Monday, February 12, 2018

Lazy Sunday

This past Sunday morning I rolled over and took a peek out my window. I saw some nice light ripples from the north shimmering across the marina in Hawaii Kai, and I could also see the Three Poles in the clouds at 900 feet. Back to sleep I went. But when I woke later I could see cloudbase getting higher pretty fast. Being that I haven't been getting too much airtime and no XC airtime, I started to get hopeful. As it turned out it was shaping up to be a pretty nice day. I got to Makapuu about noon and hung with the wife on the beach for the minimal required time, watching everyone launching Manics. I hiked over to Manics and got into the air myself. Joey, Jon Goldberg, Alex and Jorge were already on their way down range.

The day looked pretty nice and there were nice thermals, but with some long pauses between cycles. That meant if you glided somewhere low and the thermal train had just left, you might have a long uncomfortable wait for the next one to arrive. Not our typical conditions and one that sent pilots exploring various options for getting themselves downrange.

Goldberg had already thrown it in and headed back to Makapuu, while Alex skipped off of Olomana and arrived at the Pali quite low. Jorge decided to try some flatland flying and headed toward Kailua Dump. Alex got a thermal and headed over to Haiku Stairs, but didn't think much of his chances going further and headed back. Jorge's flatland trip didn't work and he landed at Le Jardin.

By the way, Thom "Phoenix" "Sidehill" Therrien, is just back from his awesome Columbia trip. I think he said he was butt raped by a bunch of coked up FARC rebels, but I might have got that wrong. Anyway he was out chasing down pilots who landed out while being sick as a dog himself. Even when not flying, he is making paragliding life here better.

At 3000 feet, I came to the realization that the distance between Lanipo and the Pali is only marginally farther than the distance to Olomana and would only involve the risk of one low save instead of two to get me to the Pali. As I glided across Maunawili Valley I was surprised how little of the north headwind I encountered, not sure why. I arrived at the Pali with decent altitude, but "middled" around for quite a while waiting for some real lift to materialize. It finally did and I headed over to Likeke where I found Alex on his way back from Haiku.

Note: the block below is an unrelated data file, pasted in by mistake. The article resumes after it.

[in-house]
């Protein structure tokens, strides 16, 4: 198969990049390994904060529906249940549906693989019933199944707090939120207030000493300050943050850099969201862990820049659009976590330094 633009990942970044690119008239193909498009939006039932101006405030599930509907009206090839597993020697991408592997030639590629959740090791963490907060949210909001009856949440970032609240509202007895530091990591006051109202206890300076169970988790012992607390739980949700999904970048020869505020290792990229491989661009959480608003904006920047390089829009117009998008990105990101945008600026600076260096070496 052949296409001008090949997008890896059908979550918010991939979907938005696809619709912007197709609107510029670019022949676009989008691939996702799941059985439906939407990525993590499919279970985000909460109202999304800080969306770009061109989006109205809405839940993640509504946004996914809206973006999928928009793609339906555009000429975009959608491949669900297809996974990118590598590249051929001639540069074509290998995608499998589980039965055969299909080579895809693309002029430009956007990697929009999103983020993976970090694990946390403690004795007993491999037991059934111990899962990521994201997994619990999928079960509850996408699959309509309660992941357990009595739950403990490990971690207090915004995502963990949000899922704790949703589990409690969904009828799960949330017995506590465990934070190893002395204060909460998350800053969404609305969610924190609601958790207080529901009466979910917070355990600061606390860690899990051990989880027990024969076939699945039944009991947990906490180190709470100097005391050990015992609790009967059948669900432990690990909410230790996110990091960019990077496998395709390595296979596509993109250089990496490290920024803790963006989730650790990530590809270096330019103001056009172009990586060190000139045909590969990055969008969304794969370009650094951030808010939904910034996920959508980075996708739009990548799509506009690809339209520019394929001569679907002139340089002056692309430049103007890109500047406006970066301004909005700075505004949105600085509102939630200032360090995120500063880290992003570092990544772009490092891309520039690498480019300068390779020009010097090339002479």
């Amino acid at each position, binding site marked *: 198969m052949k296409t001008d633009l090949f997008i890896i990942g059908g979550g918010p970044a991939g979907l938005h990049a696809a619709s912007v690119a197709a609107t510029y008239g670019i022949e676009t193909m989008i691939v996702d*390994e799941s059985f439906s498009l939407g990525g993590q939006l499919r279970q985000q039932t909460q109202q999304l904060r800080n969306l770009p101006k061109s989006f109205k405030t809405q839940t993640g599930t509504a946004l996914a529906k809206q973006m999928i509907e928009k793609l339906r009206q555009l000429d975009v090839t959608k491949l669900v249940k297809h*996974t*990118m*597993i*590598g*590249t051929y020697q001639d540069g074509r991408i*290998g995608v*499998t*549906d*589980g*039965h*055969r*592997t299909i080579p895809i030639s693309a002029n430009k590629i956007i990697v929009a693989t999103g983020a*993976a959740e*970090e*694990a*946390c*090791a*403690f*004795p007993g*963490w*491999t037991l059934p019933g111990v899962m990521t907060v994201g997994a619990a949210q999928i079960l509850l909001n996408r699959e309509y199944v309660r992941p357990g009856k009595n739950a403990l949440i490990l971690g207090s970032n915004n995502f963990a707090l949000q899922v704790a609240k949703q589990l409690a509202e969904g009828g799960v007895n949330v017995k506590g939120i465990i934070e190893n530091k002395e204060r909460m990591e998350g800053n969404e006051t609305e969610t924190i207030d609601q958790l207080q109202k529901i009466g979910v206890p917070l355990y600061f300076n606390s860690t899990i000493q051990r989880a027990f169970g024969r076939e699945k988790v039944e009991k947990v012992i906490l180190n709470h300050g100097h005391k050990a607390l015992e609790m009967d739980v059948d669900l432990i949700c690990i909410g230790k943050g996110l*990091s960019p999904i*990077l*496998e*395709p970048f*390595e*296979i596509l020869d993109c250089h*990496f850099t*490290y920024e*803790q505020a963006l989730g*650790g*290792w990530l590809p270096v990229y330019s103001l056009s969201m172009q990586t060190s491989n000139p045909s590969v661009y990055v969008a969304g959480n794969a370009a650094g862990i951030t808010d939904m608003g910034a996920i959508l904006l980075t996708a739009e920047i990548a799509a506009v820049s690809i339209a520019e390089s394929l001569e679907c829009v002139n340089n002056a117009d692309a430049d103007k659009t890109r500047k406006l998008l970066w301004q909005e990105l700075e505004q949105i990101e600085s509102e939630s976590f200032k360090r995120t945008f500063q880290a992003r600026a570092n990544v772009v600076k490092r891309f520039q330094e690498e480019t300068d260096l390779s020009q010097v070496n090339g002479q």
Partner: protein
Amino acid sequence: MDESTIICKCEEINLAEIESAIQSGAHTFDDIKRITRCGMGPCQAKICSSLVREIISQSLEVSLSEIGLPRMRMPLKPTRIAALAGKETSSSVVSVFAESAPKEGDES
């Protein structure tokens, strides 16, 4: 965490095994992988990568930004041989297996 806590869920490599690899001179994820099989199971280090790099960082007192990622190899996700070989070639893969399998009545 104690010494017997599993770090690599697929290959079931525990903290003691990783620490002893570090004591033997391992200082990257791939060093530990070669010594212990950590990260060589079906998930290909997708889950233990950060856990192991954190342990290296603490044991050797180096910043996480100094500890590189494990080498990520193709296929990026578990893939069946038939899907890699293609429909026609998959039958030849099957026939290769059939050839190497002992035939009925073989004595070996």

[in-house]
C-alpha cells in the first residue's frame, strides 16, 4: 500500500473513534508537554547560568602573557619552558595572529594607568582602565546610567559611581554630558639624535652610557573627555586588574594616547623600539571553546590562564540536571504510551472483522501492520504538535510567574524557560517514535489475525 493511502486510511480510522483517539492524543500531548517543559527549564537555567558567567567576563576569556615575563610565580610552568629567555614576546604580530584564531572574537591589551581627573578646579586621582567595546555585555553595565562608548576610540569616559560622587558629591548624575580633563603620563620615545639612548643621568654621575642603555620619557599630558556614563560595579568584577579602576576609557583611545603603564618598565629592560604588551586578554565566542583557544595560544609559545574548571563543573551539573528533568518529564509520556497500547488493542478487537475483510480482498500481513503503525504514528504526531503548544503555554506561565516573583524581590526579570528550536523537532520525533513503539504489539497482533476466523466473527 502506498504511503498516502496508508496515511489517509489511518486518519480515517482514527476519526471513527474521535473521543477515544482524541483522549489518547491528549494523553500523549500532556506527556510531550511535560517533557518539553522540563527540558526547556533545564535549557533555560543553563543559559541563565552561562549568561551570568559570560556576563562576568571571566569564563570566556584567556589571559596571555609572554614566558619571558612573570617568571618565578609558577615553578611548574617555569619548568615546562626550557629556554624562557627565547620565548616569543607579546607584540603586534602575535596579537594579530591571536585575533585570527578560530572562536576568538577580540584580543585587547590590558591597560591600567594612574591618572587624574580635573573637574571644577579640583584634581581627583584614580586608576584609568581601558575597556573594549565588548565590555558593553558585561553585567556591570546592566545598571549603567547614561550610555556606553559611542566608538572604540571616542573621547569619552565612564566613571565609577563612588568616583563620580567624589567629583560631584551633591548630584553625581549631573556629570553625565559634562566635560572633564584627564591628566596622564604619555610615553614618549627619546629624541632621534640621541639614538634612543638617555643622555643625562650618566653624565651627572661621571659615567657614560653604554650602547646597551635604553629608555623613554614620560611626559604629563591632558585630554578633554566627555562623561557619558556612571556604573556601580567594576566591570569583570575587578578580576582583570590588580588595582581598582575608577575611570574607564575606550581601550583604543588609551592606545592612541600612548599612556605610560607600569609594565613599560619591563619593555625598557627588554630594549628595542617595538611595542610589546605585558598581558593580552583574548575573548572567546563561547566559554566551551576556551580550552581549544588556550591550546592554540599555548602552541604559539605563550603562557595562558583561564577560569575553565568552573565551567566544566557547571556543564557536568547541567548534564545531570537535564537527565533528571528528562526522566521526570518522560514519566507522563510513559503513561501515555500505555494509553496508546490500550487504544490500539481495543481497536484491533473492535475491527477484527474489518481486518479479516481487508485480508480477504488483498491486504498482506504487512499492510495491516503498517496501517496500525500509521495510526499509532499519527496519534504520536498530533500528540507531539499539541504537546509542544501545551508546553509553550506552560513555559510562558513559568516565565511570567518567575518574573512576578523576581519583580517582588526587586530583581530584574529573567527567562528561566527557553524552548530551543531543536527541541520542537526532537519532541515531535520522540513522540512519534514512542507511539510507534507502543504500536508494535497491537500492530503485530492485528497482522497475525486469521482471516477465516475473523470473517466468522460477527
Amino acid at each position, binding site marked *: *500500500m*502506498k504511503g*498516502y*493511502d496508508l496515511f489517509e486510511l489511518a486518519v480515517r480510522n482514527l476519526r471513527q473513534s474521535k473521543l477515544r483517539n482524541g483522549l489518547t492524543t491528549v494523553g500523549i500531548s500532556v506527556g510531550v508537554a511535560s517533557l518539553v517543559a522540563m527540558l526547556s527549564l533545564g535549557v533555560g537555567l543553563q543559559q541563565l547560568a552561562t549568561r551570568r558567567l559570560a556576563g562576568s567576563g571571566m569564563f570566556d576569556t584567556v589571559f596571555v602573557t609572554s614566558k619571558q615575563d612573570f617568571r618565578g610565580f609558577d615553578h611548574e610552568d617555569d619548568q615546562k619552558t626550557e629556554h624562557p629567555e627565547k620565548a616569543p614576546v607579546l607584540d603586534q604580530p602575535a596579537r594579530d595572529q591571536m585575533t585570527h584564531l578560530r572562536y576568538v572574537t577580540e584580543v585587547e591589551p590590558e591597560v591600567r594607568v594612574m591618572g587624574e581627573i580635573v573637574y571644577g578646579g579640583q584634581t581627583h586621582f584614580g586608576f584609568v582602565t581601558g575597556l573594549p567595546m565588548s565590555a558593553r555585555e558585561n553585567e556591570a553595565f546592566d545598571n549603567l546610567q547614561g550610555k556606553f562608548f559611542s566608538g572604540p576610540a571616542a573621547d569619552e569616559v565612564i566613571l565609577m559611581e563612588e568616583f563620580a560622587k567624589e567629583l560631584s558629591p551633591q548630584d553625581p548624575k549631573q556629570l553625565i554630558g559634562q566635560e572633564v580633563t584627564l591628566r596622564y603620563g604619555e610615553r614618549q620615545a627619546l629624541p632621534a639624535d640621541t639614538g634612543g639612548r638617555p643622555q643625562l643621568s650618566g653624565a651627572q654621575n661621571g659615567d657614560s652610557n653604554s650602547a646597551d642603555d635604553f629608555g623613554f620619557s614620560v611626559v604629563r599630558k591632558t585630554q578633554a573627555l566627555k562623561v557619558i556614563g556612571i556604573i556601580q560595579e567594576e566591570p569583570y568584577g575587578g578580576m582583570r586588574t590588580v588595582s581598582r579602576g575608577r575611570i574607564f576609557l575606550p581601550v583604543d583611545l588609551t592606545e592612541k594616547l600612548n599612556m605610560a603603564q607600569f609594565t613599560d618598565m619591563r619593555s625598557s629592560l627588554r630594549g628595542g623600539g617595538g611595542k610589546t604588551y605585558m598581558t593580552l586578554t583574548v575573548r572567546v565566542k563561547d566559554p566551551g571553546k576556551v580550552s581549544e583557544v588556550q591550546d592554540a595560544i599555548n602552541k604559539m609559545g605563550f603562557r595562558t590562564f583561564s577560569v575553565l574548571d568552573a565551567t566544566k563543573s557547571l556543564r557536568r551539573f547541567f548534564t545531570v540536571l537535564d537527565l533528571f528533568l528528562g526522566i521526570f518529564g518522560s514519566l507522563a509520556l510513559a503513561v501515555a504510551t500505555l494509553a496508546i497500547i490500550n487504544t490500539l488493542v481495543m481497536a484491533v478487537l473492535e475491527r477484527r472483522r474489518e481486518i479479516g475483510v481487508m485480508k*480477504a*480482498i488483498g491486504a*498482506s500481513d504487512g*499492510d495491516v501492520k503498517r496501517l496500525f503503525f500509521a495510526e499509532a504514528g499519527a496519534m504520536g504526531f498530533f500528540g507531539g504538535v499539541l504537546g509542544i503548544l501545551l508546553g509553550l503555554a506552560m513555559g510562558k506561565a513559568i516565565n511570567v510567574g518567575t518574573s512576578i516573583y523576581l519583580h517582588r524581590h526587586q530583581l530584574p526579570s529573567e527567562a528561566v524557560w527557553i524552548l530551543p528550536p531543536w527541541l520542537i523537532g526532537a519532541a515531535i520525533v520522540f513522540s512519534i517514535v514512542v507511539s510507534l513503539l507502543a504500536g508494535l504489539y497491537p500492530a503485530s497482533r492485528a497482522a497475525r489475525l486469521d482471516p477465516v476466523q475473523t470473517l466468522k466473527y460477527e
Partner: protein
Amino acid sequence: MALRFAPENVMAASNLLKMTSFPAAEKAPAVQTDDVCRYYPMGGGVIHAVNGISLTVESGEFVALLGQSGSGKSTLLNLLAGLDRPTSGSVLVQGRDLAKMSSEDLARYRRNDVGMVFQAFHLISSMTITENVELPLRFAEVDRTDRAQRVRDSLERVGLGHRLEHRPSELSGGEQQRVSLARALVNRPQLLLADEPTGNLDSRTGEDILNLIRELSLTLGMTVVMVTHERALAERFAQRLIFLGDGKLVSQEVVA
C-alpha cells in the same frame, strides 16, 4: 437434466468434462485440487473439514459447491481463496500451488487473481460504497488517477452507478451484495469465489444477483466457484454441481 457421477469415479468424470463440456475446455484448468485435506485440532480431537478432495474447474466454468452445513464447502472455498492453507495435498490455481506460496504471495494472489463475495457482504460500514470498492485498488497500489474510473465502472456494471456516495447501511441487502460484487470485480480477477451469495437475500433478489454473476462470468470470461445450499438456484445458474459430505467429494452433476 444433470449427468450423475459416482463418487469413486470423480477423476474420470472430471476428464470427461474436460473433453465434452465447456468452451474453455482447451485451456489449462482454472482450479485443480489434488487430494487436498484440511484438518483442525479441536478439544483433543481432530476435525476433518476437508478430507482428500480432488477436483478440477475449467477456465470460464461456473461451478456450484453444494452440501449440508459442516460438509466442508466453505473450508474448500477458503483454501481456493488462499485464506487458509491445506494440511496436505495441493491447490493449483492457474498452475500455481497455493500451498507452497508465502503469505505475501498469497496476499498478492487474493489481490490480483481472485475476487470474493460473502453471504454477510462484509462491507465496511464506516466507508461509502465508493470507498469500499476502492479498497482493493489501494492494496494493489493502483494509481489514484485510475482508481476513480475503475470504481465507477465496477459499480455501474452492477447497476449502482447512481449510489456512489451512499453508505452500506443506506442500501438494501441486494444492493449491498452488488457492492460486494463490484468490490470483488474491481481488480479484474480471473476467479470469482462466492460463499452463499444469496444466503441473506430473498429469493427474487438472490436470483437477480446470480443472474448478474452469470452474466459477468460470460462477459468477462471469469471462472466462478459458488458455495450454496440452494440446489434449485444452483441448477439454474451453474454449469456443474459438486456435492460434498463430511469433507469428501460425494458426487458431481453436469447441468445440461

I looked down to see Marc down low by the Pali Lookout. I think I said over the radio, "Is that Marc down there?", But what I was thinking was "Hey, there is Marc and I have never seen anyone climb out from down there". But I didn't want to ruin his buzz and I hoped he would prove me wrong. After soaring the Pali Golf Course for a very long time, he finally landed.

Back to the Pali we wandered, and Drew appeared. I figured Drew would be pushing it so I might head back downrange. Alex climbed high and headed back towards Makapuu, while I got up and headed back to Likeke. I looked back and no Drew. Sometimes there is a glider in the air but you can't see it, like a "Where's Waldo" game. But Drew had scooted back towards Makapuu with Alex. Alex later reported no lift on the Greenwall and eventually sunk out with Drew near Puu O Kona.

Heeding his advice, I took a thermal at Mt. Olympus nice and high, above the nearby clouds, in order to avoid a similar fate. I got high and found lots of lift to get me back to Makapuu where the crowds were gathering.

It wasn't a great Makapuu XC day, but it was the best one we have seen for a while and I am hoping for more. See you out there.


Alex said...

I love this story! I especially love the opening where Dave describes his process of weather analysis. Whereas I spend hours the night and morning before a flying day poring over charts and models, Dave gets a lot of mileage out of a simple kitchen window forecast!

I added my photos, using a picture of a specked out Dave over the Wilson Tunnel for the cover. And I added an animation of the six out of seven XC tracks I got from everyone. Still waiting on Jorge but I can add it later I think. By default the animation is from Dave's perspective but you can zoom out to watch the action from before he launches or click any other pilot to change to their perspective.

Super fun and challenging day. I can see my exact mistake in the animation where I didn't bother to continue in the thermal at Mt. Olympus on my return leg. Also, in case it's confusing to anyone, when Dave says Likeke, that's his personal name for the peak known to hikers as Lanihuli, the one between the Pali lookout and the Wilson Tunnel.

Nour said...
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Nour said...

Very informative and enjoyable as well. This video is excellent too. Thank you for taking the time to share this. I hope I get to your level of expertise soon -Nour